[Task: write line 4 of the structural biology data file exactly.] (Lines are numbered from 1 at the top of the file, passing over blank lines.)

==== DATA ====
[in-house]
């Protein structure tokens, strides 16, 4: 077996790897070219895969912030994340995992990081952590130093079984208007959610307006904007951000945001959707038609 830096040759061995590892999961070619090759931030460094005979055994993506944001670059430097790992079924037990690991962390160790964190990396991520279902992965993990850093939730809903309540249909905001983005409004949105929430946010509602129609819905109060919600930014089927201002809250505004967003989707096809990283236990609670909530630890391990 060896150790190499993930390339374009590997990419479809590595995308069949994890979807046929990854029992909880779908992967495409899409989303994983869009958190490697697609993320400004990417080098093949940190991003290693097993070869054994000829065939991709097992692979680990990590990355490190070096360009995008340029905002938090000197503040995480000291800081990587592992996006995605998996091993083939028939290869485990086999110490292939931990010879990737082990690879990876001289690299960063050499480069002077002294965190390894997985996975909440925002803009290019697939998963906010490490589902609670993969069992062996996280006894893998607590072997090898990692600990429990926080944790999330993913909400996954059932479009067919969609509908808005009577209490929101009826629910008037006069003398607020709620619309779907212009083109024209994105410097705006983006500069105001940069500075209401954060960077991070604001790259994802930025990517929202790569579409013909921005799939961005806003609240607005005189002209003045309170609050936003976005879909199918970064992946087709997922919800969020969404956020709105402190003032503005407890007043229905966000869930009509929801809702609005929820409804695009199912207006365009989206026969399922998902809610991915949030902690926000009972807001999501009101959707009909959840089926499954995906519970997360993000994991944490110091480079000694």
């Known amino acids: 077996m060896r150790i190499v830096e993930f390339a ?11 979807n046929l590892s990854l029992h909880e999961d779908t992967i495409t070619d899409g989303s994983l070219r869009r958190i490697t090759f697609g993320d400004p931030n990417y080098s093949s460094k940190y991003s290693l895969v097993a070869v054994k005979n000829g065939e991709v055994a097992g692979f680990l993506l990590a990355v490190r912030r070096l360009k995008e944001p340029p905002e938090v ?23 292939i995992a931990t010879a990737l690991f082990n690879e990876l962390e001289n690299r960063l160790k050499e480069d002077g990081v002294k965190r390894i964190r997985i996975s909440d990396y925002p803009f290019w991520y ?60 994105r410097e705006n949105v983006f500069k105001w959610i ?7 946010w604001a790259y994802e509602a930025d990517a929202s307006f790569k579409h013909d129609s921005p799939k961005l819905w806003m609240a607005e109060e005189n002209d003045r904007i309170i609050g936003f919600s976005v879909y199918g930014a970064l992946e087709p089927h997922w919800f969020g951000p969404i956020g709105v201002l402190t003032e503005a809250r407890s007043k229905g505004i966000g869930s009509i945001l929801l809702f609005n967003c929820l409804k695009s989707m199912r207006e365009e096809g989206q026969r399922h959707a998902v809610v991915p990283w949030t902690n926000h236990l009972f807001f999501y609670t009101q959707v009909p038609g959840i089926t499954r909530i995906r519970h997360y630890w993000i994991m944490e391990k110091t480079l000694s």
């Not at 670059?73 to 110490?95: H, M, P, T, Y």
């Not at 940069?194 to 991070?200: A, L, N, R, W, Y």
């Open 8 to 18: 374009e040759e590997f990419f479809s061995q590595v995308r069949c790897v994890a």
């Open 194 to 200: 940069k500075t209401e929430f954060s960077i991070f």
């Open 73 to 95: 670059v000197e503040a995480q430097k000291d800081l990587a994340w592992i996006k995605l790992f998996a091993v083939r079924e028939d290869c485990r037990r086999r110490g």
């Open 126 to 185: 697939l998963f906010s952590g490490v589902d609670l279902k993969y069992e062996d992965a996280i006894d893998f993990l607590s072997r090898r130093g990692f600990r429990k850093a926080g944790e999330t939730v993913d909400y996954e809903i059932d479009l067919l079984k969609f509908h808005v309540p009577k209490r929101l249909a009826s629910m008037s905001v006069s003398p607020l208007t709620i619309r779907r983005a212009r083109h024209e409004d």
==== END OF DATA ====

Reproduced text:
């Not at 670059?73 to 110490?95: H, M, P, T, Y």